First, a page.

• ABAVisitors

Newbattle Bees

Newbattle Bees Members Neil Rutherford and Malcolm Evans were presented with Affiliated Beekeeper Association award medals at the Scottish Beekeepers Association AGM.  The Wax Chandlers Charitable Trust made a donation to the Newbattle Bees to help them develop their education and training programme and on Past Master Arthur Davey’s outing to Edinburgh we had the opportunity to visit the group. Read on for Liveryman Neil Rutherford’s full report which makes exciting reading.  

The Newbattle Beekeepers Association (NBA), based in the grounds of Newbattle Abbey College in Midlothian, is possibly the youngest affiliated to the SBA.  In November 2012, a small group of Beekeepers, led by Joyce and Peter Jack, formed the Association after they lost the use of a site at Lamancha near Peebles.  The association was offered the use of the existing apiary within the Newbattle Abbey College grounds, a mutually beneficial arrangement as the College ran evening classes on Bee Keeping twice a year.

These were, of course, theory-based but they provided a six-week long introduction to the basics, excellent at providing students with sufficient knowledge to spark further interest in Beekeeping.  This is undeniably where my own initial interest started to grow, resulting in a near obsession.  The night classes provided an ideal recruiting ground for the NBA to sign up new members.  The reason they did so, very effectively, was that they created a different type of learning experience focussing over a full bee season equally on theory learning and gaining practical skills.  Joyce explained that this approach was developed to appeal to all types of learners, those who learned by reading and those who learned by doing. This proved to be a successful and effective formula and is quite different to most Associations beginner courses.

The NBA Beginner Beekeepers Course was the original offering in Education from NBA.  Those signing up for the course are referred to as ‘Foster Parents’ (FP) because for one year they are allocated an NBA colony of bees in our apiary as well as access to facilities and use of all equipment necessary.  A Mentor is allotted to each FP for the year, who helps to teach the handling skills and theory required for them to pass the Basic Beekeeper Certificate (BBC) at the end of the course.

This is quite different to other Associations, some of whom taught by theory and observation and others that might teach in groups over a short part of the season.  The NBA course gives the FP’s the opportunity to fully experience every part of beekeeping: the joys of spring, the build-up and harvesting of the honey and the drudgery of cleaning equipment or counting varroa mite drops.  The course is complimented by a series of group talks and demonstrations, key books are provided, and the success rate is always extremely good.  When I joined this course in the summer of 2014, I had just completed the six-week night class course and couldn’t wait to get started.

The NBA had a membership of just over 20 people, that year a further nineteen FP’s including two juniors joined the association.  As some were from the same family, they were jointly mentored, but at the time there were only eleven mentors so most FP’s shared a mentor with another. I found the NBA course to be exceptionally good and I believe that all FP’s achieved Distinctions in the BBC exam.  If they hadn’t, they would probably have been chased around the college grounds by Joyce!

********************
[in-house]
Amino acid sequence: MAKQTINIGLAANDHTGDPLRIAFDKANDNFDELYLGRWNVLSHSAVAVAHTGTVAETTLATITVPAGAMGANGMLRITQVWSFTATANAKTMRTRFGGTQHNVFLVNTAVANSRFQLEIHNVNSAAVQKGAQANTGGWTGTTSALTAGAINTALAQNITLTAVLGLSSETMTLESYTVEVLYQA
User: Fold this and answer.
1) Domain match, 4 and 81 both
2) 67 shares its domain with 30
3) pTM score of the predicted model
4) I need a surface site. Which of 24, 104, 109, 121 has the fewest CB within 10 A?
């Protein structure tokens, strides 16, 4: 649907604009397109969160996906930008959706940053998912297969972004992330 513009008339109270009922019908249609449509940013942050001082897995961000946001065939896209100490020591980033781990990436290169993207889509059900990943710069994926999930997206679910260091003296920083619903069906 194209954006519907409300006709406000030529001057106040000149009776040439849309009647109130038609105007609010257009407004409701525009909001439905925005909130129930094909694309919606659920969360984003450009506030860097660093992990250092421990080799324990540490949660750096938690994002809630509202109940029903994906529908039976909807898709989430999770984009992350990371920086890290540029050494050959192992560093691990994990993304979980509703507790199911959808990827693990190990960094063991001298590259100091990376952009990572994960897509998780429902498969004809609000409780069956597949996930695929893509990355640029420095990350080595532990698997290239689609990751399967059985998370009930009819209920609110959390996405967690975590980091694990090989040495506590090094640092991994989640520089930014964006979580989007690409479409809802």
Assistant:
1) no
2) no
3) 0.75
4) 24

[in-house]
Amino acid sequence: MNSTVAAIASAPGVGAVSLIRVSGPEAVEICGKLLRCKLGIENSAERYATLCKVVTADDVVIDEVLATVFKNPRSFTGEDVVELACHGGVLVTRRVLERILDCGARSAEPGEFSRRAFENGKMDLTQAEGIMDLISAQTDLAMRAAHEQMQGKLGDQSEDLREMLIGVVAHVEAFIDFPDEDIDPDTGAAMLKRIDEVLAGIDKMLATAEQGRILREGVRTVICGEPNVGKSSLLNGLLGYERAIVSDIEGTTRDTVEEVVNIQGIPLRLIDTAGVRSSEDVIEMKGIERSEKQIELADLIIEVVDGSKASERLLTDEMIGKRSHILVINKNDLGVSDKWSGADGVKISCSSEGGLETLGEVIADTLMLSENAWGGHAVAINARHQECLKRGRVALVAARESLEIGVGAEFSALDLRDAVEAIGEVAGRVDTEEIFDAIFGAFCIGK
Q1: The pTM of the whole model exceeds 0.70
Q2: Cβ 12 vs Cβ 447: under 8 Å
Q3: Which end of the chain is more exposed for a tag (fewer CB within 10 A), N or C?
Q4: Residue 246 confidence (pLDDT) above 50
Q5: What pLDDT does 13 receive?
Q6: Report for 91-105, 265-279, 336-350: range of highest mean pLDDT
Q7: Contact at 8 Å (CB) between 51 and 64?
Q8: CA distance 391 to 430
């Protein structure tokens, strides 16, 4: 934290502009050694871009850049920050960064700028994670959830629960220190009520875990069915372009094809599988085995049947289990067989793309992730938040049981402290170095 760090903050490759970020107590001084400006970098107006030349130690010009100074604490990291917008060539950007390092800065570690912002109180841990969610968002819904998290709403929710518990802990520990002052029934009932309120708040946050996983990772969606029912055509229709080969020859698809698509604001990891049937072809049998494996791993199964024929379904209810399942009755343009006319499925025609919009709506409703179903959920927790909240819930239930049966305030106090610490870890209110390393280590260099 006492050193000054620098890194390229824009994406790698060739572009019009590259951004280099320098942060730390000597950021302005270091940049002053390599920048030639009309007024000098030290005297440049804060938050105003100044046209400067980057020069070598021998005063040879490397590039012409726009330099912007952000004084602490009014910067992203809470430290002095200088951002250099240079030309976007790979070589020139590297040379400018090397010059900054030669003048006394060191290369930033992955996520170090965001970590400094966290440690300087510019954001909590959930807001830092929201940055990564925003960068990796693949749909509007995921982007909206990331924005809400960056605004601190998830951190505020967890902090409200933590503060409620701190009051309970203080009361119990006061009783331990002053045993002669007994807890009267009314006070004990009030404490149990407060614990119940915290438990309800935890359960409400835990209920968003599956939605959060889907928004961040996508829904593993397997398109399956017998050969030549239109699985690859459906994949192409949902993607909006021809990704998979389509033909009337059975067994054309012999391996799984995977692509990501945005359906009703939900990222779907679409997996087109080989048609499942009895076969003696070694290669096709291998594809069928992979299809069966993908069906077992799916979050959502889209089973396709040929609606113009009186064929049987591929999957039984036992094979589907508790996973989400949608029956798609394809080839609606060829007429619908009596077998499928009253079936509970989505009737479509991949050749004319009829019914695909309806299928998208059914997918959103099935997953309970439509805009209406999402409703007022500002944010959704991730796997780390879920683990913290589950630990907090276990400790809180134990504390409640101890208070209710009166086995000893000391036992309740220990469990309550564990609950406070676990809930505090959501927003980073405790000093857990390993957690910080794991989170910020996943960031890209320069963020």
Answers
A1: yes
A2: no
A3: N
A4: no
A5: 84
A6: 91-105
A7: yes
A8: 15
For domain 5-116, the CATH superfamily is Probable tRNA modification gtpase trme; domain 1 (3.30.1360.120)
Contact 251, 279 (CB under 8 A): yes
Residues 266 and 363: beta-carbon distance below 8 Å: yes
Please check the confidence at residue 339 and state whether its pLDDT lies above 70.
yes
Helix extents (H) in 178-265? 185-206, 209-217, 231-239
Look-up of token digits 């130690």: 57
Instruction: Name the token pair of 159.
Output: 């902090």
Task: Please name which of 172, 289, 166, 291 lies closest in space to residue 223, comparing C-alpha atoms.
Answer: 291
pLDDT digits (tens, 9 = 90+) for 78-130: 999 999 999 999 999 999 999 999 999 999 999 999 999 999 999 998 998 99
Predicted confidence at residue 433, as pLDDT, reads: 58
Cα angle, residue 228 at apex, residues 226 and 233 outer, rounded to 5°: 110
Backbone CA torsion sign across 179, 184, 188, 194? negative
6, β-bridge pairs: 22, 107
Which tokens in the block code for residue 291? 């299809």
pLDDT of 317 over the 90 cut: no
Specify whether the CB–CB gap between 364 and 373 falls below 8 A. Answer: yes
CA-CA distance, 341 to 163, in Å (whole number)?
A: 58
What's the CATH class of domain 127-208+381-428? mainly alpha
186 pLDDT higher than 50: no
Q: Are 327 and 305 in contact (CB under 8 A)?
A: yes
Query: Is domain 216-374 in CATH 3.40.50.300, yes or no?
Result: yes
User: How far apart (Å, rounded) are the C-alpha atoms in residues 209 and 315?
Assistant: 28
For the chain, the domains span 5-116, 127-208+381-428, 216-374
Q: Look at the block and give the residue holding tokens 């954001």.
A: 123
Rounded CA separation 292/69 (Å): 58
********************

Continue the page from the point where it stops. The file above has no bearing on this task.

The NBA Beginner Beekeeper Course was a great starting point for the association and over the next few years it continued to attract a dozen or so new FP’s every year, but the NBA was struggling as numbers of members grew.  Along with the Newbattle Apiary they had the use of a small uninhabitable cottage, which was great for storage and cleaning equipment but was quickly becoming too small to hold meetings, demonstrations or talks in, as none of the three rooms could provide sufficient space.  In winter it was also colder inside than outside.  Newbattle Abbey College were extremely helpful, and we occasionally could use one of their fabulous rooms or the library.  NBA were given permission to use student huts and at one point we were given the former Resident Tutor’s flat to use.  This made a huge difference as it had some larger rooms, a kitchen and bathroom, allowing for all members to attend meetings.  This was, I believe, a turning point for Education at NBA.

The NBA Beginner Beekeeper Course was extremely successful, but there was nothing yet to support it and allow Beekeepers to further their learning in a structured way.  The new facilities allowed for more activity; I was part of a group of about a dozen who decided that we would like to start on the SBA Modular Exams.  I volunteered to lead the study group for our first module (Module 1), not because I thought I knew more than everyone else but because I felt it would suit my own methods of learning.  So, the Module Study Group was added to our offering.  We held a weekly meeting in the run up to an exam diet, using previous past papers to discuss the detail required to answer future questions.  Not all of the group sat the exams, but all seemed to find the sessions enjoyable and thought provoking.